Unlike other philosophers, Stuart Hampshire always took a different direction and perspective when developing his ideas. Hampshire’s literary ability and rich suggestiveness in his works have a broad appeal, especially on philosophical topics. Most of the works by Hampshire are based on theories of the philosophy of minds regarding development in psychology. Among the numerous works Hampshire published, one of them is “Fallacies in Moral Philosophy.” In his work, Hampshire insists that philosophers have distorted the philosophy of mind. Hampshire believes these philosophers have achieved this circumstance by thinking of individuals as passive observers only instead of self-willed agents.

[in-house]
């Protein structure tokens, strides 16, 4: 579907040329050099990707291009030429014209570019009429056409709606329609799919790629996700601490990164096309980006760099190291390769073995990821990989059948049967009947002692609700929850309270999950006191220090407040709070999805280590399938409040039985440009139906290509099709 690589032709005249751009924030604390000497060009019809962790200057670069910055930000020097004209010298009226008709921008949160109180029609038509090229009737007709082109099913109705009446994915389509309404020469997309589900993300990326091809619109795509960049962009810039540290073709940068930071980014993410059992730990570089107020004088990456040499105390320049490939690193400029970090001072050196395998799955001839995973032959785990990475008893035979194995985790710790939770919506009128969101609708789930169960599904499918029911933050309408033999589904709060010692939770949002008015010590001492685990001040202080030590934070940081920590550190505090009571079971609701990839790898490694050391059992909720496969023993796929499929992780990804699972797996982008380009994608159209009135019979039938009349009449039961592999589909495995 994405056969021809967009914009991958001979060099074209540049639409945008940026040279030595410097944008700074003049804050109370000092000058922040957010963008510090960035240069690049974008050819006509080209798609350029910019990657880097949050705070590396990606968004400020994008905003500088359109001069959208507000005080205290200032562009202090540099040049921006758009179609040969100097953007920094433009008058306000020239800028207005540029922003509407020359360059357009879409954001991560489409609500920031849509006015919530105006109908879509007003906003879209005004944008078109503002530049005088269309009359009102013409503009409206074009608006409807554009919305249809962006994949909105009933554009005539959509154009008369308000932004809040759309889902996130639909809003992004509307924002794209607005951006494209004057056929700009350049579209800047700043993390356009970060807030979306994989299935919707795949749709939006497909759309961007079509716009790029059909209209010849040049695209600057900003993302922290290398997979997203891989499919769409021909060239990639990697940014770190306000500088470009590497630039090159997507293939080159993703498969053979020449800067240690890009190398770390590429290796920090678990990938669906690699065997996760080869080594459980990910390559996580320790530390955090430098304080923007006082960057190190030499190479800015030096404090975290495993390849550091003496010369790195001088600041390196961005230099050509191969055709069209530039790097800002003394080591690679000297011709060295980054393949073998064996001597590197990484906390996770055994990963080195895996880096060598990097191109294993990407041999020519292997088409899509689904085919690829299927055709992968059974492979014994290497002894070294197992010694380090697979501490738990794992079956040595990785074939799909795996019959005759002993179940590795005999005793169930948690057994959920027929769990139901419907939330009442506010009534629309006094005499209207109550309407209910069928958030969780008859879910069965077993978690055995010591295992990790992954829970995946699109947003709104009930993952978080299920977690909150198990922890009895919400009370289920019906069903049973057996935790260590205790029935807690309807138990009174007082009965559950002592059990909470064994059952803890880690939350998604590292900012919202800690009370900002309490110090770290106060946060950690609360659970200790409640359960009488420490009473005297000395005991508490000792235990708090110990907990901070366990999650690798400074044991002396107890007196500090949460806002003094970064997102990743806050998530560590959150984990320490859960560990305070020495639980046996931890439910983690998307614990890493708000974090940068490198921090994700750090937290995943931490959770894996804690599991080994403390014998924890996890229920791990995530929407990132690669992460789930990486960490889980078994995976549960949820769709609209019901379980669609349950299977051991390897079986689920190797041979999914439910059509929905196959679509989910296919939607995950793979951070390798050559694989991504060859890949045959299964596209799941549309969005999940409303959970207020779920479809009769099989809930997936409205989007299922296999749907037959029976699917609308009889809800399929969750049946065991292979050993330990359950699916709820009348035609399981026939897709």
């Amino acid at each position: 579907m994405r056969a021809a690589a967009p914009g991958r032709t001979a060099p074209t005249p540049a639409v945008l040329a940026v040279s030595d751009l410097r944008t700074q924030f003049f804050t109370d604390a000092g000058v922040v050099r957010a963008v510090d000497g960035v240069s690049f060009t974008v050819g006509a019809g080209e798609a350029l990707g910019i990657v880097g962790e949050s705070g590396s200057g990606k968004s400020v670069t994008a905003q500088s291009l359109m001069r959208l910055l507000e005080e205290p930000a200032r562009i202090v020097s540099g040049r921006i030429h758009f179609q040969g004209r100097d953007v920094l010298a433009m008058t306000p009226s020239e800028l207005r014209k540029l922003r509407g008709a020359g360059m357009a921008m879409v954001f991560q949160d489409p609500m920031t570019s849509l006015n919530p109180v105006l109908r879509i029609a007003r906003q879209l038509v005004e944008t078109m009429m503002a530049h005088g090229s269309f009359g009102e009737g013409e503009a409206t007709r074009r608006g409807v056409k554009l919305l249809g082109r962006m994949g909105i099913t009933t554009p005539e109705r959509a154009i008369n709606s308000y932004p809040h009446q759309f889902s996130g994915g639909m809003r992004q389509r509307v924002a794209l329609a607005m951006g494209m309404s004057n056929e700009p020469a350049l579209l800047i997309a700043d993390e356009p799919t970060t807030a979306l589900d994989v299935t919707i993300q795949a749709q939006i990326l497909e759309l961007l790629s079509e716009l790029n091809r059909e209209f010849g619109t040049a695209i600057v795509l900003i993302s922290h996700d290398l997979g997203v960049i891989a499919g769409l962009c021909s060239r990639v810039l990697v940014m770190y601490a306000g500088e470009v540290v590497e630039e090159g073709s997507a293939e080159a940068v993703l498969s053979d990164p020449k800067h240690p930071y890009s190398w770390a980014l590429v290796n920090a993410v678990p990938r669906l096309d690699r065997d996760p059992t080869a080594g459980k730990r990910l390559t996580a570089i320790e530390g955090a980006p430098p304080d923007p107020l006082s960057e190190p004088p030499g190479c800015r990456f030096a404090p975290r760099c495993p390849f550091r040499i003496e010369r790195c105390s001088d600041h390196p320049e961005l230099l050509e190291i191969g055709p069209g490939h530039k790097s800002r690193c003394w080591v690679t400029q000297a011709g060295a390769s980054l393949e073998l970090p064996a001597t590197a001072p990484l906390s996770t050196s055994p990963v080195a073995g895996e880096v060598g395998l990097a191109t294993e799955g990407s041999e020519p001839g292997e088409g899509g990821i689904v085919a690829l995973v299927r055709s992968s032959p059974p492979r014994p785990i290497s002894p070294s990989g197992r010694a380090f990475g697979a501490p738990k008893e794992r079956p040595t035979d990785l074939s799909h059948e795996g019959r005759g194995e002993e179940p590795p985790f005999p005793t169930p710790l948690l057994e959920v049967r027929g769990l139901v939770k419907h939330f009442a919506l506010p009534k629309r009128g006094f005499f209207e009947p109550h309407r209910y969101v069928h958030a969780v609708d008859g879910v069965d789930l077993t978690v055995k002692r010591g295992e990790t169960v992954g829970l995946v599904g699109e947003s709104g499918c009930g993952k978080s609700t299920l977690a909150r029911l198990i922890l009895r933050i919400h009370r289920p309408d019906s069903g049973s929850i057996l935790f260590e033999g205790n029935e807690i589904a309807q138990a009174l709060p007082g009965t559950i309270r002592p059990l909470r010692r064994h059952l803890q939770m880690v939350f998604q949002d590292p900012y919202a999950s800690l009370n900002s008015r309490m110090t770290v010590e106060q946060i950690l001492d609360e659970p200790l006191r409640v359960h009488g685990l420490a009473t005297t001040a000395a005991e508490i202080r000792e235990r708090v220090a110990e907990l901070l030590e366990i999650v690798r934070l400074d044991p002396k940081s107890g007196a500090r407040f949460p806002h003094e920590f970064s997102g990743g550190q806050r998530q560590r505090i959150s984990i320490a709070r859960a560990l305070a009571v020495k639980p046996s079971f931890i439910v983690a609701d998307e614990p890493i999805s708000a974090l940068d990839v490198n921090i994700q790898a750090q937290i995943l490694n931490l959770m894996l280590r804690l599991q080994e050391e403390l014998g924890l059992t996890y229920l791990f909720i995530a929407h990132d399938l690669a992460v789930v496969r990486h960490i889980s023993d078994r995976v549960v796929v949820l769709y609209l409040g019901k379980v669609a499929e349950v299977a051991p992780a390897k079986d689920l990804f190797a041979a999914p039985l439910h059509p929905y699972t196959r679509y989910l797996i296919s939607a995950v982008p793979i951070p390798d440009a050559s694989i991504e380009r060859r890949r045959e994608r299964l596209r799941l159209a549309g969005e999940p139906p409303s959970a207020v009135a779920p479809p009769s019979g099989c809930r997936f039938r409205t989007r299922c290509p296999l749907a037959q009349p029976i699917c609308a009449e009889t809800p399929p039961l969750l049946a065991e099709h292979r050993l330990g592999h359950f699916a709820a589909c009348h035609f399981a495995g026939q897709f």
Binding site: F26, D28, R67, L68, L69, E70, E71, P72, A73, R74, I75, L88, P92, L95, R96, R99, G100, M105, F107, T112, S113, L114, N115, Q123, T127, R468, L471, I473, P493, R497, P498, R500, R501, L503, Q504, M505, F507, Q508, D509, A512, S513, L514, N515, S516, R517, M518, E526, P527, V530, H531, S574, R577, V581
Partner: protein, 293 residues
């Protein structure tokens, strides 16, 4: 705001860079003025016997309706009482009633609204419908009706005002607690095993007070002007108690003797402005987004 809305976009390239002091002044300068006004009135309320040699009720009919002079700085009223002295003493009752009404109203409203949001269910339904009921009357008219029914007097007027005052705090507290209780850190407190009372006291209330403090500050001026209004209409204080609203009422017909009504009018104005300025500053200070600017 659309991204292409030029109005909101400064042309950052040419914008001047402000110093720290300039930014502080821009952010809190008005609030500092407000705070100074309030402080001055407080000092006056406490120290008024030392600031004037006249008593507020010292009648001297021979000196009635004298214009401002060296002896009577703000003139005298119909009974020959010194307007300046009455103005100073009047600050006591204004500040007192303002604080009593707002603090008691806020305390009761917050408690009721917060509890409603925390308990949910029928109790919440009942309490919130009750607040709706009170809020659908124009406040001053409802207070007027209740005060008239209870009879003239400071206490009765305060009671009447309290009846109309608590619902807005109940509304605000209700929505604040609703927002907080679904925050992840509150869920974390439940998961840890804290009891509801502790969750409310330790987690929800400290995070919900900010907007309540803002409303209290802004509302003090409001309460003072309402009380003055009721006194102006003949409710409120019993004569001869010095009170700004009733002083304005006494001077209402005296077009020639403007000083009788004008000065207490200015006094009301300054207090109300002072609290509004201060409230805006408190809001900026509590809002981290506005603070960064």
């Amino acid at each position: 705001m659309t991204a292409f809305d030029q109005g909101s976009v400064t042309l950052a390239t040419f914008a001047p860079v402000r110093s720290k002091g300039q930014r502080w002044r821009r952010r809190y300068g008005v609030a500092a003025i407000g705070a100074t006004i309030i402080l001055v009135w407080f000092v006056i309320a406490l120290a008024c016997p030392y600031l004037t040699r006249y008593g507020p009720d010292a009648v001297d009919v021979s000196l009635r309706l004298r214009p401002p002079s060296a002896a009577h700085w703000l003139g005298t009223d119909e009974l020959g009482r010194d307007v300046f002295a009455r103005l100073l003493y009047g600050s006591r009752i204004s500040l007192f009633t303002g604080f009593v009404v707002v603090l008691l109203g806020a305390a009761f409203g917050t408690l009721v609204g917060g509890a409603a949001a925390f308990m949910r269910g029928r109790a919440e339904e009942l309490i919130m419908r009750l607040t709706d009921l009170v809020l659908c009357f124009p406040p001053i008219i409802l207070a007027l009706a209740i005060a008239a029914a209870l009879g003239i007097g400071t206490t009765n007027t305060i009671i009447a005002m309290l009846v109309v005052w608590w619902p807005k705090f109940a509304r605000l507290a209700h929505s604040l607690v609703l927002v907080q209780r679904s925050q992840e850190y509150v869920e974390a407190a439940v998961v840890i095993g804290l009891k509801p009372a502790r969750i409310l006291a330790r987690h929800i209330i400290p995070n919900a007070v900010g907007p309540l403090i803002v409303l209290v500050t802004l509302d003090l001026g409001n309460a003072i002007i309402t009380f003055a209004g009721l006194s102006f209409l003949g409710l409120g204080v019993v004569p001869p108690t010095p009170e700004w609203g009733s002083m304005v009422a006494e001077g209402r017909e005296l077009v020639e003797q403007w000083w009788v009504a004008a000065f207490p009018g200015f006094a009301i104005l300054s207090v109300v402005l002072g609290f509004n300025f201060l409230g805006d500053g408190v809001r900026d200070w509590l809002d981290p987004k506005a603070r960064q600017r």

“Fallacies in Moral Philosophy” is more or less to what most individuals consider Hampshire, a critic. Hampshire begins the article and his arguments by reminiscing about Professor Richard’s article, specifically its title, in the form of a question; whether moral philosophy rests on mistakes. Hampshire believes he can answer the same question using different reasons. Hampshire criticizes numerous philosophers because most of them misunderstood moral philosophy. He takes a similar route, this time around, at the expense of Kant and his thoughts. Hampshire believes that undoubtedly Kant’s influence was great on philosophers to the extent of individuals failing to separate between “moral judgments and factual judgments” that the philosopher introduced (Hampshire, 1949). Hampshire believes that those concepts, alongside logical assumptions, influenced philosophers and led them away from good and primary questions for moral philosophy.